- If it is possible for an entrepreneur to obtain a loan under private law, but for which the loan collateral is insufficient, the public sector can provide this collateral with public guarantees. The main application for guarantees is export credit insurance (e.g. Hermes cover ) to promote exports.
- Real funding:
- The award of public contracts can be linked to public goals. In the case of real funding, the public sector foregoes the most favorable market price and accepts additional costs in favor of a political goal. The sale of real assets from the public sector to an entrepreneur at a price that is not customary in the market is also real subsidies (e.g. sale of land to non-profit housing cooperatives ).
- Tax subsidy:
- The tax subsidy (also exemption subsidy, indirect subsidy) is a subsidy in the broader sense. A general tax exemption or a specific tax reduction through a tax exemption also fulfill the essential characteristics of a subsidy: asset performance, lack of market performance, authority and private person.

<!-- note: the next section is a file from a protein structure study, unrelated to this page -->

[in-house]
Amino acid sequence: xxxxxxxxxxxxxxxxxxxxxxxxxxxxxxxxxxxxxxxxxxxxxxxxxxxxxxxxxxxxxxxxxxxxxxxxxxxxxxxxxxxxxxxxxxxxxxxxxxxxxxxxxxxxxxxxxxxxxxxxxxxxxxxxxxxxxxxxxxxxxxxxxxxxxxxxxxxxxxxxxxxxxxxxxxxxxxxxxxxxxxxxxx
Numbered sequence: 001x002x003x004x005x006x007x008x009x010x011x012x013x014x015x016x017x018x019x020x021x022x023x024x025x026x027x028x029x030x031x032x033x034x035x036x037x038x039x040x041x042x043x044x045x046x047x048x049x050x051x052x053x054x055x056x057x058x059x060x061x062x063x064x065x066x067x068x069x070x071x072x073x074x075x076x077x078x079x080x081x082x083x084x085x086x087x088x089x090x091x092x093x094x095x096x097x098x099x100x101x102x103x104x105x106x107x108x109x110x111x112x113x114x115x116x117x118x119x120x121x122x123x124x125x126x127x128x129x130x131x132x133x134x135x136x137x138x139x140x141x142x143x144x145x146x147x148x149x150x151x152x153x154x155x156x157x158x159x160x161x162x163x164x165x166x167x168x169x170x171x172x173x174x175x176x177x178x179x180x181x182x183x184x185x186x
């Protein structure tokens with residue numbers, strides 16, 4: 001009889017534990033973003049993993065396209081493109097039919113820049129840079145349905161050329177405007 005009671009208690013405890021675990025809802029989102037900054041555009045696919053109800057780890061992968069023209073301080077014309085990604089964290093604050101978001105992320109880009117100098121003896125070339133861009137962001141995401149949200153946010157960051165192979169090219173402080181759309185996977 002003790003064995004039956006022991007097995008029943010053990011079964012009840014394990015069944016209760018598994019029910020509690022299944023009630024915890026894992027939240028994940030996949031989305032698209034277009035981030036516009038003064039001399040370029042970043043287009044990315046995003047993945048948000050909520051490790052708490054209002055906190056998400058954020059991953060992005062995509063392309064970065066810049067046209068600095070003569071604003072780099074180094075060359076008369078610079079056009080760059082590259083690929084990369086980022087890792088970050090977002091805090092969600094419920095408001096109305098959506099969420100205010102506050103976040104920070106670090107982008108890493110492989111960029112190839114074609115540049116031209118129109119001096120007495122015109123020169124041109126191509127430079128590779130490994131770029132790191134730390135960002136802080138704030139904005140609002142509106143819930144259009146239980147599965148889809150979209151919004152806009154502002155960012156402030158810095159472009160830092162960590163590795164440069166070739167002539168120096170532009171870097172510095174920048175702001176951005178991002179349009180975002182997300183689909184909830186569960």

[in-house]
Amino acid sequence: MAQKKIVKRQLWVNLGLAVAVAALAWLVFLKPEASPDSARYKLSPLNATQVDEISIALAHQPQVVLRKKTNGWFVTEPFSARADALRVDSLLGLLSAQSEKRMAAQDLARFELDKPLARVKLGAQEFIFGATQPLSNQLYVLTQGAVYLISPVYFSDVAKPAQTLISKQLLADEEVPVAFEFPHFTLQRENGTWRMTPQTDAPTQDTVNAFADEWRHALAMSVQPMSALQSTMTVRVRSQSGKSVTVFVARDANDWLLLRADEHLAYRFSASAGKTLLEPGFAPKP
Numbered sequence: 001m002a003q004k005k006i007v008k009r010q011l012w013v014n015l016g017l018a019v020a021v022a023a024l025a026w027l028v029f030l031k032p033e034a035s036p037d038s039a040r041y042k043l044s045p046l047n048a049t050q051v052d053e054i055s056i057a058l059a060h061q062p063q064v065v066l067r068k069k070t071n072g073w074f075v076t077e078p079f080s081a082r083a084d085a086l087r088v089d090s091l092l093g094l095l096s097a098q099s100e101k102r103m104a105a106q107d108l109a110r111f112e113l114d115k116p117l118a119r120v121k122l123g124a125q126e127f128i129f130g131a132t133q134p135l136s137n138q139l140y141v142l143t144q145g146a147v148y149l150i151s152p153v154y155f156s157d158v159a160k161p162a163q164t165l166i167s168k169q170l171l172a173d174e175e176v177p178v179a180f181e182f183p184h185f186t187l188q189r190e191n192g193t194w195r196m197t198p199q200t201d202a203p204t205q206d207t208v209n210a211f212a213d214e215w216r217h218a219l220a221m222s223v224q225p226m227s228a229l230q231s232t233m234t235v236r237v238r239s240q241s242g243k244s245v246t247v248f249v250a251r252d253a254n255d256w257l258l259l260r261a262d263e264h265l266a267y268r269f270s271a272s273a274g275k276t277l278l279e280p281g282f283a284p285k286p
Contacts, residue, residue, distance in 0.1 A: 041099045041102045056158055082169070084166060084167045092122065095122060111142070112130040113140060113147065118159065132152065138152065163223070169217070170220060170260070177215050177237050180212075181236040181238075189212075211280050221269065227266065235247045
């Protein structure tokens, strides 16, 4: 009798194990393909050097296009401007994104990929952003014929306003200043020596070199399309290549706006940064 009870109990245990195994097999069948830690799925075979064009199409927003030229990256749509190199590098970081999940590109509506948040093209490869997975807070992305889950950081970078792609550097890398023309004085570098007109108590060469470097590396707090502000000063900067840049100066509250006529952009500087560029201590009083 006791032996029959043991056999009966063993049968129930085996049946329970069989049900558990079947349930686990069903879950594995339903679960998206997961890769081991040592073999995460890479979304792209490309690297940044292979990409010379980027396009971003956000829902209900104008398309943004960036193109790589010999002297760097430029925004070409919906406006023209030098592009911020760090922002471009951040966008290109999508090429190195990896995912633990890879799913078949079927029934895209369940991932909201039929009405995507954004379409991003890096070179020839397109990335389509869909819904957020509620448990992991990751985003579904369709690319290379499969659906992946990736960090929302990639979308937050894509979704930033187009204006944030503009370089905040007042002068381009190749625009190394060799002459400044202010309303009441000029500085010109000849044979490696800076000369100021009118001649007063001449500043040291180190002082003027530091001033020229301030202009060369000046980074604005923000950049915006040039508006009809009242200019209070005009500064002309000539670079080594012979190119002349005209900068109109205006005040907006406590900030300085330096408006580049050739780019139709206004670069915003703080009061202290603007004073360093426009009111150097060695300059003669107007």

- Other subsidies:
- Other cases are production reimbursement and export subsidies in the area of agricultural market regulations .
- Assumption of external costs:
- External costs caused by the recipient of the subsidy are borne by the general public. This aspect plays a role especially in environmental policy .
In addition to the subsidies, there are a number of other state interventions in economic life, such as state film funding .